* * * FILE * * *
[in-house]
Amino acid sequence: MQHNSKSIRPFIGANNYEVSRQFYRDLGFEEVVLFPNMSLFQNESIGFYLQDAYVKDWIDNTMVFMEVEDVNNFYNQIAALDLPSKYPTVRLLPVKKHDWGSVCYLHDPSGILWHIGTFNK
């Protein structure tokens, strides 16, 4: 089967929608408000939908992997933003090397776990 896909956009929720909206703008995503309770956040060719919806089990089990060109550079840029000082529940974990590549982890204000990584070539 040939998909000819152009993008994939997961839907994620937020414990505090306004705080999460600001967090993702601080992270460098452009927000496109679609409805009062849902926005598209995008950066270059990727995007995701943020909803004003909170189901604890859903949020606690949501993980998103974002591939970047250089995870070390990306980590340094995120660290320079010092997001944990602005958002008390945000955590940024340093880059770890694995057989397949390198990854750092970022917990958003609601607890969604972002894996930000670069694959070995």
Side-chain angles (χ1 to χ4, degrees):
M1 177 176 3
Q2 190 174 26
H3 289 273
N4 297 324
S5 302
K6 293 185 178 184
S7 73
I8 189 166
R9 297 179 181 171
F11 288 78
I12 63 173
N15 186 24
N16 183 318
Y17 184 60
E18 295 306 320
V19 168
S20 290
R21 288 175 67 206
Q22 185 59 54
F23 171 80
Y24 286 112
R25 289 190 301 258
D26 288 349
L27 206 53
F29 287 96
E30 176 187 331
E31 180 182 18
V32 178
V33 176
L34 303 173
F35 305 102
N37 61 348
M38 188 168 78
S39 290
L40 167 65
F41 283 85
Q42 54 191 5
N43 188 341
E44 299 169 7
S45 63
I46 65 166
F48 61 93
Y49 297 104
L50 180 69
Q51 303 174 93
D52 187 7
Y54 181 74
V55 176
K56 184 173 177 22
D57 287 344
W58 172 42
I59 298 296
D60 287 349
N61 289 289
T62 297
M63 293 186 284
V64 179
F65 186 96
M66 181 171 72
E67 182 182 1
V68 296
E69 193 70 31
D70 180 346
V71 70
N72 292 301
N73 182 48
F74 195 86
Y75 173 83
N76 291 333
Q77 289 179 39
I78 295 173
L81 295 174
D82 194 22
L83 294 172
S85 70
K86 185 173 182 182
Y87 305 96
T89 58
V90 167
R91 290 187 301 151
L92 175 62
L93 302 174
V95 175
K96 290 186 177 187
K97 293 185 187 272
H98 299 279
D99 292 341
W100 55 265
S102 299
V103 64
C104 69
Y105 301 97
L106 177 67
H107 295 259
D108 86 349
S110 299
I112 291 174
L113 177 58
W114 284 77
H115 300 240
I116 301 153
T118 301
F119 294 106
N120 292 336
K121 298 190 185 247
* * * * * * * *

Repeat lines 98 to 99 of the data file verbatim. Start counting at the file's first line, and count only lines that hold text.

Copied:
H107 295 259
D108 86 349